Innovative niche scientists: Women's role in reframing north American museums, 1880-1930

Research output: Contribution to journalReview article

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Abstract

Women educators played an essential role in transforming public museums that had been focused on collections and research into effective educational and informational sites that engaged broad publics. Three significant innovators were Delia Griffin of St. Johnsbury Museum in Vermont who emphasized hands-on learning, Anna Billings Gallup who shaped a distinctive model museum for children in Brooklyn and Laura Bragg of the Charleston Museum who established strong collaboration with the local public schools. Joining museum curatorial staffs and professional associations that were largely male, these women educators and their peers typically provided pedagogical insights and teaching skills that enabled them to work effectively with school systems, teachers, pupils and parents. Genuinely interested in natural science, they shaped careers which included opportunities to engage with science, provided a considerable degree of autonomy and enabled them to experiment with hands-on learning. They built networks of museum educators and influenced the young American Association of Museums. Women museum educators created a bridge between semi-public natural history establishments for collection, preservation and scientific research and an active audience of teachers, pupils, visitors and patrons. Their efforts transformed museums into sites for education and broad public access to science in the early 20th century.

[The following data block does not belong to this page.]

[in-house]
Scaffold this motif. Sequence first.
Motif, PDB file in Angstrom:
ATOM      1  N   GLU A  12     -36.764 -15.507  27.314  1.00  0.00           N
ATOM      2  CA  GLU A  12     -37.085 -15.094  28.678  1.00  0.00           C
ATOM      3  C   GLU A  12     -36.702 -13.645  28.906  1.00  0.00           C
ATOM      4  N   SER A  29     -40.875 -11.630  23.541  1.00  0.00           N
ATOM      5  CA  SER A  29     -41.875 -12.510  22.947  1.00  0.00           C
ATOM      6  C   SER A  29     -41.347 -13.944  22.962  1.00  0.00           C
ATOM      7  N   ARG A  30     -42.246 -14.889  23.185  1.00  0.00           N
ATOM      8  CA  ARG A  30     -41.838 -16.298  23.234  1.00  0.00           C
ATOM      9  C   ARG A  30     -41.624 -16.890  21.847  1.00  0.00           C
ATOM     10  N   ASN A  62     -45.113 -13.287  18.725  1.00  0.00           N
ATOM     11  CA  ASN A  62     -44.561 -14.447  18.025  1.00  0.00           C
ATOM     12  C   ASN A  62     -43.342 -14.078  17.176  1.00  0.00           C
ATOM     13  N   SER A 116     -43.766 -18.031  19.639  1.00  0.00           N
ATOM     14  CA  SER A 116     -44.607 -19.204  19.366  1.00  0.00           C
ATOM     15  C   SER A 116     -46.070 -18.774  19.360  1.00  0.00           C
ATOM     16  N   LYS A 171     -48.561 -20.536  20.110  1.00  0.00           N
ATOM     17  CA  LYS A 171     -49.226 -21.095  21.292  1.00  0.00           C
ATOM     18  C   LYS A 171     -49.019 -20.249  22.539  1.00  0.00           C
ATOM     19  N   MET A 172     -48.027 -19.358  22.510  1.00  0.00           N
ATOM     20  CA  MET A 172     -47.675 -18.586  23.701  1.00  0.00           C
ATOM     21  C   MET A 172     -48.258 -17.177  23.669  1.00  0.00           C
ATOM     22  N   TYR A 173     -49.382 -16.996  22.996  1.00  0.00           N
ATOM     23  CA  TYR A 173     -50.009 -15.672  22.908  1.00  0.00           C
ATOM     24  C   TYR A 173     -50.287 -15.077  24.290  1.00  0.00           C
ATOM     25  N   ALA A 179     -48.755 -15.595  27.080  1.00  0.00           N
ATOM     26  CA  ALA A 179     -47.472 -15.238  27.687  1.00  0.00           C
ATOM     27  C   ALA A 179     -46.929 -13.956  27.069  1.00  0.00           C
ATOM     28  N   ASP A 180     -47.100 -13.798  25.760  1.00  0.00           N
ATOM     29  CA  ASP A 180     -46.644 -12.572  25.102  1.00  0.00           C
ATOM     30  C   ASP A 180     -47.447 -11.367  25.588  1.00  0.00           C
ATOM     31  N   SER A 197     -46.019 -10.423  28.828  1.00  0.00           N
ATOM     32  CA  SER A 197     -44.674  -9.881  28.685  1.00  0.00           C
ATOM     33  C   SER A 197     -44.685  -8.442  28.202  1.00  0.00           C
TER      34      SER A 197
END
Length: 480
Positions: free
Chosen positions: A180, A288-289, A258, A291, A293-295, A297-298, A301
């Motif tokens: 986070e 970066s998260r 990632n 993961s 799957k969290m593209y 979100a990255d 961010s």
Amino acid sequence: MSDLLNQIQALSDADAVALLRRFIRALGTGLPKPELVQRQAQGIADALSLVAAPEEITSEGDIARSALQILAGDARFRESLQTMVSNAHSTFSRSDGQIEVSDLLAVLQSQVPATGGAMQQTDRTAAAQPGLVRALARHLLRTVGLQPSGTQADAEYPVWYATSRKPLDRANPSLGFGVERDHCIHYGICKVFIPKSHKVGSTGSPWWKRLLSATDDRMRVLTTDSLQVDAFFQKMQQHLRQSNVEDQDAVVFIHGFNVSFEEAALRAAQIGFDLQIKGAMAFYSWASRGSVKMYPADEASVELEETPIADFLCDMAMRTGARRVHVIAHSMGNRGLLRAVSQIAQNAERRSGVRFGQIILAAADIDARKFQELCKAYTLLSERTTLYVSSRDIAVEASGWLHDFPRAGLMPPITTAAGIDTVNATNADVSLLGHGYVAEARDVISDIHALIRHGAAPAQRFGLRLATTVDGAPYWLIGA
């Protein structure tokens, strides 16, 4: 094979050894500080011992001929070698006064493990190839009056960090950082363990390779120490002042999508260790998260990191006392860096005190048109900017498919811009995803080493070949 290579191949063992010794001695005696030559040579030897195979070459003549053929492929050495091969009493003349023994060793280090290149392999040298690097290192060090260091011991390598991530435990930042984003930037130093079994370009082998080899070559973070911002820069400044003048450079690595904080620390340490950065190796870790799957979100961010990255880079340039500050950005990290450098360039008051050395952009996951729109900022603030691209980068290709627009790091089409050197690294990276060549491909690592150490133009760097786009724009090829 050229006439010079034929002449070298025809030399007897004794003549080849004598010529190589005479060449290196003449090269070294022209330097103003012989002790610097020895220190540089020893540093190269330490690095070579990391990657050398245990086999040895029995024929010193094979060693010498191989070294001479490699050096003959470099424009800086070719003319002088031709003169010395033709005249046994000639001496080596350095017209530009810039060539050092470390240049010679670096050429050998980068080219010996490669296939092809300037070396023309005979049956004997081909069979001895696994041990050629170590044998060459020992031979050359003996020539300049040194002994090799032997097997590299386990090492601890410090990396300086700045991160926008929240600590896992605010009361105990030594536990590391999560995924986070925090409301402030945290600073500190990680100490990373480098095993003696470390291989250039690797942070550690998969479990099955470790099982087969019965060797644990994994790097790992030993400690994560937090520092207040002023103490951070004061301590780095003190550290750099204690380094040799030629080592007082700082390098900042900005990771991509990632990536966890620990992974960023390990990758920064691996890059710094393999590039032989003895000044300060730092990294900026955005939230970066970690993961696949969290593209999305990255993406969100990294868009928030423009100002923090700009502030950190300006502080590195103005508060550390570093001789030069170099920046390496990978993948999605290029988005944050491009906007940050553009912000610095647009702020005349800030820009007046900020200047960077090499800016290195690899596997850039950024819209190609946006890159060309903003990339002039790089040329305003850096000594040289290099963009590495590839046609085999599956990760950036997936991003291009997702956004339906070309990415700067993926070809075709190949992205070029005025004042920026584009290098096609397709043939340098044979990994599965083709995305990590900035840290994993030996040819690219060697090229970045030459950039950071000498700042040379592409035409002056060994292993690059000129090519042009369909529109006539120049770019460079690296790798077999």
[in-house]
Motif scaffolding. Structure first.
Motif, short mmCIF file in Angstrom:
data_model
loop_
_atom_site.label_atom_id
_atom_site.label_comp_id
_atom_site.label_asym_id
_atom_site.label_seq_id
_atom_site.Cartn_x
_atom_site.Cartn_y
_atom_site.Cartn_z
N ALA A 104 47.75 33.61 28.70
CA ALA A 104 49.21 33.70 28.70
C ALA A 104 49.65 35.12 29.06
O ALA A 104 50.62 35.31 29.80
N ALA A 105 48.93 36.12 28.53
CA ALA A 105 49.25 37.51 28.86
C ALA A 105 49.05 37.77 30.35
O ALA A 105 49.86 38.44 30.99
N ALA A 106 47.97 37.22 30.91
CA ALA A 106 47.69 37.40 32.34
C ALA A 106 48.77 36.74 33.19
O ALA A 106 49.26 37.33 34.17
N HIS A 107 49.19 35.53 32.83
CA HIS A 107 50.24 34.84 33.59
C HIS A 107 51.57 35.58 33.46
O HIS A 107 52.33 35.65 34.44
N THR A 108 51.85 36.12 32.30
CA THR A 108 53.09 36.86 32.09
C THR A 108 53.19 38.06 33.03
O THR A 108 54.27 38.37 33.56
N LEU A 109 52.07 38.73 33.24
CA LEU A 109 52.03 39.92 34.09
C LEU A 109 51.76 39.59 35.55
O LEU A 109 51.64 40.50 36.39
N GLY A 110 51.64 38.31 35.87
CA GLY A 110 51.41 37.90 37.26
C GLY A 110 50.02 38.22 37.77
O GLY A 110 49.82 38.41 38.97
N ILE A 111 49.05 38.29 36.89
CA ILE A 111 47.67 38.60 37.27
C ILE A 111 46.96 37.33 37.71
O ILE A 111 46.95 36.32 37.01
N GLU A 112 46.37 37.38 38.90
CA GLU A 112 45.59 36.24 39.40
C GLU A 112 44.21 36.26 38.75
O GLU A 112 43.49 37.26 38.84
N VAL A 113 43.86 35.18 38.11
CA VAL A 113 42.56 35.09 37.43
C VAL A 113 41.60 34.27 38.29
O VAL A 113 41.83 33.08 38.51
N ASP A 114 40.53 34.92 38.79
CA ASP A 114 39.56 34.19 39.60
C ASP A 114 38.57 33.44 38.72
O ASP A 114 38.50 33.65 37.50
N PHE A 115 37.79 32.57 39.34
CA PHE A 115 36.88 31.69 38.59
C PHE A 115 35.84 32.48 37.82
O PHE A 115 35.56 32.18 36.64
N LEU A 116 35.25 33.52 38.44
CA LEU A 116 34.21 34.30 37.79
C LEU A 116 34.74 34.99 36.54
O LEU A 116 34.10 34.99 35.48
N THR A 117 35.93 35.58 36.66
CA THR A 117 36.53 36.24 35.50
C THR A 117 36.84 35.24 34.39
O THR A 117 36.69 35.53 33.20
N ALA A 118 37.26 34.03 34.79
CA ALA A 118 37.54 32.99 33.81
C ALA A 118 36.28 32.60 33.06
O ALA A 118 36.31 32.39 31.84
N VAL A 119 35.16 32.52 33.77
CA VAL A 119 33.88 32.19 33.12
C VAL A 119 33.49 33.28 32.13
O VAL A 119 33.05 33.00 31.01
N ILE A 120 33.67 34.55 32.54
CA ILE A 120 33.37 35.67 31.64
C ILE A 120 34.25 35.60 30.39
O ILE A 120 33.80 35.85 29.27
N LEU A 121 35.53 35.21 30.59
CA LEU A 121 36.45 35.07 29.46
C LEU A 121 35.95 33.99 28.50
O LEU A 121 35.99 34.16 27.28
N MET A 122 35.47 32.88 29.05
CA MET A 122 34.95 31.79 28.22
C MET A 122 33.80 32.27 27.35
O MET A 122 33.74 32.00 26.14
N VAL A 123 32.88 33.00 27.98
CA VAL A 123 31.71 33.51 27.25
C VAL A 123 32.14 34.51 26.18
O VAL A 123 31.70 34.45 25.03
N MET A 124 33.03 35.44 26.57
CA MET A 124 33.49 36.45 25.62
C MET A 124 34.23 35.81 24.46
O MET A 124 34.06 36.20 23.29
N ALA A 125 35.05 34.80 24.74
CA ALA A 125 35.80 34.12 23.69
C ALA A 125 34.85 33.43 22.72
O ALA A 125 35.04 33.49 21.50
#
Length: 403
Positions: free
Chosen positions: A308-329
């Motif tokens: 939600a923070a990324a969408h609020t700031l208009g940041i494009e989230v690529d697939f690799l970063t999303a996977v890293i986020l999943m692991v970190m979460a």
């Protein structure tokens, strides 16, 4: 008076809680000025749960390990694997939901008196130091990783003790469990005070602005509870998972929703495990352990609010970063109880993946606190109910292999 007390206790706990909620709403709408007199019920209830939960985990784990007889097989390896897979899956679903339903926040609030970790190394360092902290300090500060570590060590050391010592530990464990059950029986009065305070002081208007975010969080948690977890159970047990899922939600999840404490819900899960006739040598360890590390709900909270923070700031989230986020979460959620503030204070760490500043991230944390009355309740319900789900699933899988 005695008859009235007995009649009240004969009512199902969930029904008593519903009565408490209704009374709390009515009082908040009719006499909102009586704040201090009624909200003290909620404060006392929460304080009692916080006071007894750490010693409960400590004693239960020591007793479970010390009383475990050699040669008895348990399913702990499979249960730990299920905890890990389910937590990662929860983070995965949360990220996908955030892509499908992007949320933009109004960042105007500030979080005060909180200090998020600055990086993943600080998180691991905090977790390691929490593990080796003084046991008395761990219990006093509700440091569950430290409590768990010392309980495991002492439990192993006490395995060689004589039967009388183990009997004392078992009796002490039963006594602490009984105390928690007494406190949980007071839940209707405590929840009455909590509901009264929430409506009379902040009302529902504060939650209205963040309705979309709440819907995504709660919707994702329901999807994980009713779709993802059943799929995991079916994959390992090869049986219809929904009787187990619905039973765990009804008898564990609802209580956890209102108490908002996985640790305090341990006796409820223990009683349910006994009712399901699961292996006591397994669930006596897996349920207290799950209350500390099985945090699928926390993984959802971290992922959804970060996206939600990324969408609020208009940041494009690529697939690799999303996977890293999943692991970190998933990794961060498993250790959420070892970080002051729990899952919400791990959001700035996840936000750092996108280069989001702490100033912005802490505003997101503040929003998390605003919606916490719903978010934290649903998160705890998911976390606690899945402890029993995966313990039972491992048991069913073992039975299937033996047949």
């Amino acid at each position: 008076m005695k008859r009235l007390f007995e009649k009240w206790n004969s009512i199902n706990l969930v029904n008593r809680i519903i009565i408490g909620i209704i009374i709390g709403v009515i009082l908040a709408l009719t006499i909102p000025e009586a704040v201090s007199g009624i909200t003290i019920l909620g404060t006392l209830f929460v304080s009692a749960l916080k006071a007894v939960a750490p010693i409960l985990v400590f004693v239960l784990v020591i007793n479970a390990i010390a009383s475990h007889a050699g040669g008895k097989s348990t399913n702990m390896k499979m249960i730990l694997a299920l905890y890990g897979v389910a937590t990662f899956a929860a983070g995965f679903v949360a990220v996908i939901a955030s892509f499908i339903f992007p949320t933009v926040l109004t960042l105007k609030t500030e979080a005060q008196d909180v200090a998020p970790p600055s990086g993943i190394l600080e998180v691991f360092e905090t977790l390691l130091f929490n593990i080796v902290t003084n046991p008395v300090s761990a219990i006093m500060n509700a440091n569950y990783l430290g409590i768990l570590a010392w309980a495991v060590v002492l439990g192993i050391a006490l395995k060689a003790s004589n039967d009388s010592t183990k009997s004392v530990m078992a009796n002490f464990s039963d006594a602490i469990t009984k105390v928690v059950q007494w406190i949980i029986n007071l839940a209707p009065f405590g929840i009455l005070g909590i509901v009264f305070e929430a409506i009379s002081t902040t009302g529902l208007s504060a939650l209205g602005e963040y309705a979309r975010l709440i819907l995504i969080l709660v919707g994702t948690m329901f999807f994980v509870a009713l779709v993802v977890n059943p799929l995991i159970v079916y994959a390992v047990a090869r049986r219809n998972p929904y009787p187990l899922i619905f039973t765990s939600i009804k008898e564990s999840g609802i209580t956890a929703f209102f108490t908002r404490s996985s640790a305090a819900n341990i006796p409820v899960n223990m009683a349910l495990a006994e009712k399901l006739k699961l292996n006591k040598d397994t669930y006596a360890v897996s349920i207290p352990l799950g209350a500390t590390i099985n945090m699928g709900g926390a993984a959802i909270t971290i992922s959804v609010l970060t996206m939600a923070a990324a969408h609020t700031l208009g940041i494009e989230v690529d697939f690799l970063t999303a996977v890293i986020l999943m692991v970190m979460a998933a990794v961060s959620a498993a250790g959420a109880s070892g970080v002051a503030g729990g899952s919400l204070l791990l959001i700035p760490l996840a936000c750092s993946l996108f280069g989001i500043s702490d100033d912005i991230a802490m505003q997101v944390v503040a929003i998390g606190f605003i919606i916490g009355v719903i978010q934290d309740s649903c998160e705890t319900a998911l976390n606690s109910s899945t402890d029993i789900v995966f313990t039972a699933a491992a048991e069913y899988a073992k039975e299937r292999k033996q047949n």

Original languageEnglish (US)
Pages (from-to)153-174
Number of pages22
JournalCentaurus
Volume55
Issue number2
DOIs
StatePublished - May 1 2013

Keywords

  • Anna Billings Gallup
  • Delia Griffin
  • Laura Bragg
  • museum education
  • natural history museums
  • science education

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